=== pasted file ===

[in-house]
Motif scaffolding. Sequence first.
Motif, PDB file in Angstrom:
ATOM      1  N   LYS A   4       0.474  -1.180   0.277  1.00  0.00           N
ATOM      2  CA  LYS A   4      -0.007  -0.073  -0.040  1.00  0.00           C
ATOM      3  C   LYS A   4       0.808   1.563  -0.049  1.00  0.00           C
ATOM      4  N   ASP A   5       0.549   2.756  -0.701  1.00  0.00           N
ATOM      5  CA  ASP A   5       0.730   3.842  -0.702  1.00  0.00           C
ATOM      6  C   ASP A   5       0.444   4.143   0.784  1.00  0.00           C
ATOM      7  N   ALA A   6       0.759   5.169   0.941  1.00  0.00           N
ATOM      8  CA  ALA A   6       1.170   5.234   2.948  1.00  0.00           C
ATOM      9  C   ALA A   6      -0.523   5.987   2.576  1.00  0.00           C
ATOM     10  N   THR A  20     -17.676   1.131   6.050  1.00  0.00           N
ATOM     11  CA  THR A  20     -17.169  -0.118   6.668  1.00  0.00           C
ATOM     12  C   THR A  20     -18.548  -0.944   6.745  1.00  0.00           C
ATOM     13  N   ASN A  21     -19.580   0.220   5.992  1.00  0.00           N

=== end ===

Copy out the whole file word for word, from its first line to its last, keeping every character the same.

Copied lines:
[in-house]
Motif scaffolding. Sequence first.
Motif, PDB file in Angstrom:
ATOM      1  N   LYS A   4       0.474  -1.180   0.277  1.00  0.00           N
ATOM      2  CA  LYS A   4      -0.007  -0.073  -0.040  1.00  0.00           C
ATOM      3  C   LYS A   4       0.808   1.563  -0.049  1.00  0.00           C
ATOM      4  N   ASP A   5       0.549   2.756  -0.701  1.00  0.00           N
ATOM      5  CA  ASP A   5       0.730   3.842  -0.702  1.00  0.00           C
ATOM      6  C   ASP A   5       0.444   4.143   0.784  1.00  0.00           C
ATOM      7  N   ALA A   6       0.759   5.169   0.941  1.00  0.00           N
ATOM      8  CA  ALA A   6       1.170   5.234   2.948  1.00  0.00           C
ATOM      9  C   ALA A   6      -0.523   5.987   2.576  1.00  0.00           C
ATOM     10  N   THR A  20     -17.676   1.131   6.050  1.00  0.00           N
ATOM     11  CA  THR A  20     -17.169  -0.118   6.668  1.00  0.00           C
ATOM     12  C   THR A  20     -18.548  -0.944   6.745  1.00  0.00           C
ATOM     13  N   ASN A  21     -19.580   0.220   5.992  1.00  0.00           N